Because information ought to be freely distributed. Just because you have the possibility of making money one something does not mean you have the guarantee of it.

I often hear 'information [ought|wants] to be free', but not 'ought to be freely distributed'. These are two very different concepts. I can't agree with your wording simply because datacenters, servers, and bandwidth just aren't free. I'm not arguing that someone's political rant blog, or chronicles of their cat herding should/shouldn't be plastered with ads - that's a semi trivial operation (though I would say that labor shouldn't be free - and at least to me, writing regularly and coherently is labor).

But not every website is like that. I once ran a service that had hosting costs close to $1K/month, simply because it became popular. It was useful to the people who used it. But I was unable to introduce a subscription at the time (reasoning irrelevant), and even if I could, it's not always practical for the audience I had. Advertising was literally my only way to try to break even. I wasn't trying to live a lavish lifestyle, I was just trying to make sure the lights stayed on. But they didn't, due to the set-and-forget nature of Adblock extensions (and admittedly the economy at the time, which had just crashed, taking along much of the ad revenue that was still being generated). I was willing to give my time away for free, but there were still costs to distribute the information that my site provided - bandwidth, hosting/co-lo, and scalability (e.g. consulting, hardware) during many of the site's growth spurts.

I'm completely on board for a utopian TNG society where we freely do things for fun and the betterment of our society/species, and all of our basic wants and needs are generally taken care of. But until then, people who - for whatever reason - have infrastructure costs shouldn't be condemned for using advertising as a way to accomplish that. I agree wholeheartedly that there are a lot of things that need to be done within the ad industry (security, aggressiveness) to improve its reputation, but it actually is a reasonable business model, despite your (and others') ill-reasoned crusade to eradicate them.

Comment: Re:What if I want the ad fueled web to die? (Score 1) 618 618

Are you aware there are more types of websites than the random rants of someone on a Wordpress blog? Right now, as you read this, there are hundreds of thousands of websites out there that are neither backed by corporate interests (who can write off their expenses as a cost of doing business), nor small enough to be hosted within the confines of "$5" platforms.

It's a big world out there. One size does not fit all.

Comment: Re:What if I want the ad fueled web to die? (Score 1) 618 618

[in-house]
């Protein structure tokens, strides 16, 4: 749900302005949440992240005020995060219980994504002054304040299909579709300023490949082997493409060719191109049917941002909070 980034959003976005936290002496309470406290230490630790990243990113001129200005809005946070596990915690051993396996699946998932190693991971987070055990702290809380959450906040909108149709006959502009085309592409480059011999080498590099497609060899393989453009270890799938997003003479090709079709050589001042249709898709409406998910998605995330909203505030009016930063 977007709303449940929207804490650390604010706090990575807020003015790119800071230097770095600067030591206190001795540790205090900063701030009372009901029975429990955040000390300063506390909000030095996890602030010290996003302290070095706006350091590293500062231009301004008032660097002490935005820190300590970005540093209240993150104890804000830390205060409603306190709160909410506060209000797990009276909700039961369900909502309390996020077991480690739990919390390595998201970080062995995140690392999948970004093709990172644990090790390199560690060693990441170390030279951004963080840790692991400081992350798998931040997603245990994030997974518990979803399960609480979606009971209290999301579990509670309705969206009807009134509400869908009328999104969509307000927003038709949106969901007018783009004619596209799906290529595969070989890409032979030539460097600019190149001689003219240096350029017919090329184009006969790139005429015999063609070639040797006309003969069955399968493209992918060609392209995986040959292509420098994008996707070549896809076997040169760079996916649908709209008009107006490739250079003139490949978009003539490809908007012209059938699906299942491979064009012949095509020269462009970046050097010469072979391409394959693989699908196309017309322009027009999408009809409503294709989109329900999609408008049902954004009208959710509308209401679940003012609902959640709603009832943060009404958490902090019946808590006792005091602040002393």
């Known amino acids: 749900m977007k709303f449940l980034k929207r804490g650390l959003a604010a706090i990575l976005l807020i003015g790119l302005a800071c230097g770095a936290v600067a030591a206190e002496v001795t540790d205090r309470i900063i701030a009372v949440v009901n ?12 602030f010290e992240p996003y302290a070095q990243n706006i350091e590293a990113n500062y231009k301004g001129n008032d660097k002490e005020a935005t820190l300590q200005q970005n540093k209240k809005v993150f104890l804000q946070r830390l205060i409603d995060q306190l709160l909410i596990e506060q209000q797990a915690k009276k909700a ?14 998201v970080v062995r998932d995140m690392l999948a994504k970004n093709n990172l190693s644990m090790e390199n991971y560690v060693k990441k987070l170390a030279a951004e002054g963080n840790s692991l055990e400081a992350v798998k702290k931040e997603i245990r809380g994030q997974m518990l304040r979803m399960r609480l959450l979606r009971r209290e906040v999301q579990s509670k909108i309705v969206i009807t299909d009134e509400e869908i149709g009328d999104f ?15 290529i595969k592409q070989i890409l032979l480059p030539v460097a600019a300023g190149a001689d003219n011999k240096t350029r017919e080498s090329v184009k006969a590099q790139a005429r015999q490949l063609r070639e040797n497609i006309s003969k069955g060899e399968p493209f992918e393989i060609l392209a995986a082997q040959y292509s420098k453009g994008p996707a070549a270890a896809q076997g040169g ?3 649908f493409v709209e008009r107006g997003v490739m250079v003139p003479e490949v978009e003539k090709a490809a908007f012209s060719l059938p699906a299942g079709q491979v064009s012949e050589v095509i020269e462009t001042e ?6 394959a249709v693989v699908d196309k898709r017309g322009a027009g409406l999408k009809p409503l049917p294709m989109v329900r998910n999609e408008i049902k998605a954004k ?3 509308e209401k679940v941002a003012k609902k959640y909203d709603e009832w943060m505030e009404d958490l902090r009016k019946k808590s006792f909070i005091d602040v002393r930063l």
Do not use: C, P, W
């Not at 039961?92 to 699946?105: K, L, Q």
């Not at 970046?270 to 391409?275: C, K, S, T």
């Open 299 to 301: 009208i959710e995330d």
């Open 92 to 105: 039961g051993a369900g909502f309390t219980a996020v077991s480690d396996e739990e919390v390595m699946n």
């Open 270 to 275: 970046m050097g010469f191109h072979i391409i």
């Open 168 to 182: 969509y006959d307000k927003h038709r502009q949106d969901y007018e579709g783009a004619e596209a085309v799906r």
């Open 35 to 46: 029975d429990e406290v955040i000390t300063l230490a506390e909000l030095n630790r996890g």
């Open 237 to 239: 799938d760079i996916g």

The focus of the discussion is on the website/content provider you're visiting. From that point of view, the difference between you not allowing the Pepsi ad (via adblock) and you allowing it and not responding to it is HUGE.

Pepsi - and the vast majority of advertisers -are simply paying to get their message out. By allowing the ad, you allow the website to count that as an ad impression, which collectively fulfills whatever business agreement they have with Pepsi (or their ad broker).

Since your responses seem to favor the small picture: Once the ad impression happens, your 'obligations' (for lack of a better term) as the visitor to the website are done. Whether you care about Pepsi's side of things is completely up to you. Most website owners would, to a small degree (ensuring that the ads are effective enough for them to keep paying out), but anyone that requires resources beyond a simple shared-hosting Wordpress blog just want to ensure their monthly hosting bills can be paid (not to mention any contributors, depending on the nature of the website).

The concept is really, really easy to understand once you let go of the notion that you're the center of the universe.

Comment: Re:Isn't 25 km a bit excessive? (Score 2) 165 165

It's definitely excessive. Just like the actual NOTAM that this is supposedly based off of is actually 30 miles (which extends just shy of the Baltimore city border).

One of DJI's own dealers is within this 15 mi radius, too. Will definitely be interested in seeing if it affects that side of the business, and/or how much they promote DJI's products.

Comment: Re:Can someone explainn (Score 2) 165 165

How big is your brick? While there are hexa- and octocopters that can carry a couple of pounds (which are big and conspicuous spider-looking things), the payload of the DJI Phantom line is measured in low-double-digit grams.
Maybe it can deliver a targeted chemical payload (so can RC planes), but I think explosives would be a little difficult.

Comment: Re:Can someone explainn (Score 3, Informative) 165 165

"Drones are better than high power telescopes because you don't need line of sight"
I think you're severely overestimating the capabilities of these commercial, civilian quads. The camera in the Phantom 2 Vision+ is a 12MP, 1080p fisheye lens, very similar to a GoPro 3. You're not getting the optics of a high-power telescope.

DJI's new line, the Inspire One, has a 4K camera, which I guess allows for better quality, but you're still not zooming in. These things are loud, you're not using them for invading someone's privacy without them knowing.

Comment: Re:How will it work? (Score 1) 165 165

If you try to fly within an NFZ, it will prevent takeoff. There's a companion app that works on your smartphone as you're flying, and it will alert you that you're in a no-fly zone.

If you're already in the air, and bump against the NFZ, it will simply stop and refuse to continue in that direction.

"I don't believe in sweeping social change being manifested by one person, unless he has an atomic weapon." -- Howard Chaykin